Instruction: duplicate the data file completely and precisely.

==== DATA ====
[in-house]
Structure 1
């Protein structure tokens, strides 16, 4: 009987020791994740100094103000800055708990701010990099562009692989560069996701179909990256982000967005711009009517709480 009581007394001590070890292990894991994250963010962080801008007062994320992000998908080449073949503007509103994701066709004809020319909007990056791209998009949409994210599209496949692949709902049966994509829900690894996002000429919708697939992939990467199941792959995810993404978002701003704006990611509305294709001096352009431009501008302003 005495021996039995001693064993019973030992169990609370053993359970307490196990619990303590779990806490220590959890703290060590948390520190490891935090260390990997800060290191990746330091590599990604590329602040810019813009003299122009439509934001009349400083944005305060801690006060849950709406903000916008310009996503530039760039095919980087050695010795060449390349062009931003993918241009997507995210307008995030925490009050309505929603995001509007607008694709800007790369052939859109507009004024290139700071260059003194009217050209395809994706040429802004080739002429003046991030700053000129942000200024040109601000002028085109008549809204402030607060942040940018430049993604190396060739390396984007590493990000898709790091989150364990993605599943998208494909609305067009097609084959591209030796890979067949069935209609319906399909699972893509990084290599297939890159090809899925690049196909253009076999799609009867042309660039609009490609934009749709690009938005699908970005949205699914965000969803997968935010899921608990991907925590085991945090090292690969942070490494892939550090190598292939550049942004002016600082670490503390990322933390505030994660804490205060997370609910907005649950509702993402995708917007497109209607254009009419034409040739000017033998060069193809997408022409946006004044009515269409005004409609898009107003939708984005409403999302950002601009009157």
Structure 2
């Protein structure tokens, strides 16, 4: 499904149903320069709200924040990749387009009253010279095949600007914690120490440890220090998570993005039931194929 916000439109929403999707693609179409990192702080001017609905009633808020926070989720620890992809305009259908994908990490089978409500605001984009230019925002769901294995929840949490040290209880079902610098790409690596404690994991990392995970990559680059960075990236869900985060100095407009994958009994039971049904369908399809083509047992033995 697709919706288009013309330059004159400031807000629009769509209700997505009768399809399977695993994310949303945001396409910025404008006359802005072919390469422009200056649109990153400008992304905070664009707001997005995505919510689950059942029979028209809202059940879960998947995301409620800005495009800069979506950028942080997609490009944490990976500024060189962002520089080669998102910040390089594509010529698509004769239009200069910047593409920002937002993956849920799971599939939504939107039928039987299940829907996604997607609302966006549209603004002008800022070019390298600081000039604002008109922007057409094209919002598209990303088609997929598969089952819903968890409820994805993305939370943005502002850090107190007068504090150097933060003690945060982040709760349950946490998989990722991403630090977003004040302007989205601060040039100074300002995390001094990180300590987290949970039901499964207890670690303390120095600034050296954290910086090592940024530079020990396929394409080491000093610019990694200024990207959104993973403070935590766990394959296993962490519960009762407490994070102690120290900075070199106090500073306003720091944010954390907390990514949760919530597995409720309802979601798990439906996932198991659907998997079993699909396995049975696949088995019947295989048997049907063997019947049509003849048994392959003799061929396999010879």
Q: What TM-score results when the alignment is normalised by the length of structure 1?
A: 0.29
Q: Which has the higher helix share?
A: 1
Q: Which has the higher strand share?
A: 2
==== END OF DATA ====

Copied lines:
[in-house]
Structure 1
């Protein structure tokens, strides 16, 4: 009987020791994740100094103000800055708990701010990099562009692989560069996701179909990256982000967005711009009517709480 009581007394001590070890292990894991994250963010962080801008007062994320992000998908080449073949503007509103994701066709004809020319909007990056791209998009949409994210599209496949692949709902049966994509829900690894996002000429919708697939992939990467199941792959995810993404978002701003704006990611509305294709001096352009431009501008302003 005495021996039995001693064993019973030992169990609370053993359970307490196990619990303590779990806490220590959890703290060590948390520190490891935090260390990997800060290191990746330091590599990604590329602040810019813009003299122009439509934001009349400083944005305060801690006060849950709406903000916008310009996503530039760039095919980087050695010795060449390349062009931003993918241009997507995210307008995030925490009050309505929603995001509007607008694709800007790369052939859109507009004024290139700071260059003194009217050209395809994706040429802004080739002429003046991030700053000129942000200024040109601000002028085109008549809204402030607060942040940018430049993604190396060739390396984007590493990000898709790091989150364990993605599943998208494909609305067009097609084959591209030796890979067949069935209609319906399909699972893509990084290599297939890159090809899925690049196909253009076999799609009867042309660039609009490609934009749709690009938005699908970005949205699914965000969803997968935010899921608990991907925590085991945090090292690969942070490494892939550090190598292939550049942004002016600082670490503390990322933390505030994660804490205060997370609910907005649950509702993402995708917007497109209607254009009419034409040739000017033998060069193809997408022409946006004044009515269409005004409609898009107003939708984005409403999302950002601009009157």
Structure 2
């Protein structure tokens, strides 16, 4: 499904149903320069709200924040990749387009009253010279095949600007914690120490440890220090998570993005039931194929 916000439109929403999707693609179409990192702080001017609905009633808020926070989720620890992809305009259908994908990490089978409500605001984009230019925002769901294995929840949490040290209880079902610098790409690596404690994991990392995970990559680059960075990236869900985060100095407009994958009994039971049904369908399809083509047992033995 697709919706288009013309330059004159400031807000629009769509209700997505009768399809399977695993994310949303945001396409910025404008006359802005072919390469422009200056649109990153400008992304905070664009707001997005995505919510689950059942029979028209809202059940879960998947995301409620800005495009800069979506950028942080997609490009944490990976500024060189962002520089080669998102910040390089594509010529698509004769239009200069910047593409920002937002993956849920799971599939939504939107039928039987299940829907996604997607609302966006549209603004002008800022070019390298600081000039604002008109922007057409094209919002598209990303088609997929598969089952819903968890409820994805993305939370943005502002850090107190007068504090150097933060003690945060982040709760349950946490998989990722991403630090977003004040302007989205601060040039100074300002995390001094990180300590987290949970039901499964207890670690303390120095600034050296954290910086090592940024530079020990396929394409080491000093610019990694200024990207959104993973403070935590766990394959296993962490519960009762407490994070102690120290900075070199106090500073306003720091944010954390907390990514949760919530597995409720309802979601798990439906996932198991659907998997079993699909396995049975696949088995019947295989048997049907063997019947049509003849048994392959003799061929396999010879």
Q: What TM-score results when the alignment is normalised by the length of structure 1?
A: 0.29
Q: Which has the higher helix share?
A: 1
Q: Which has the higher strand share?
A: 2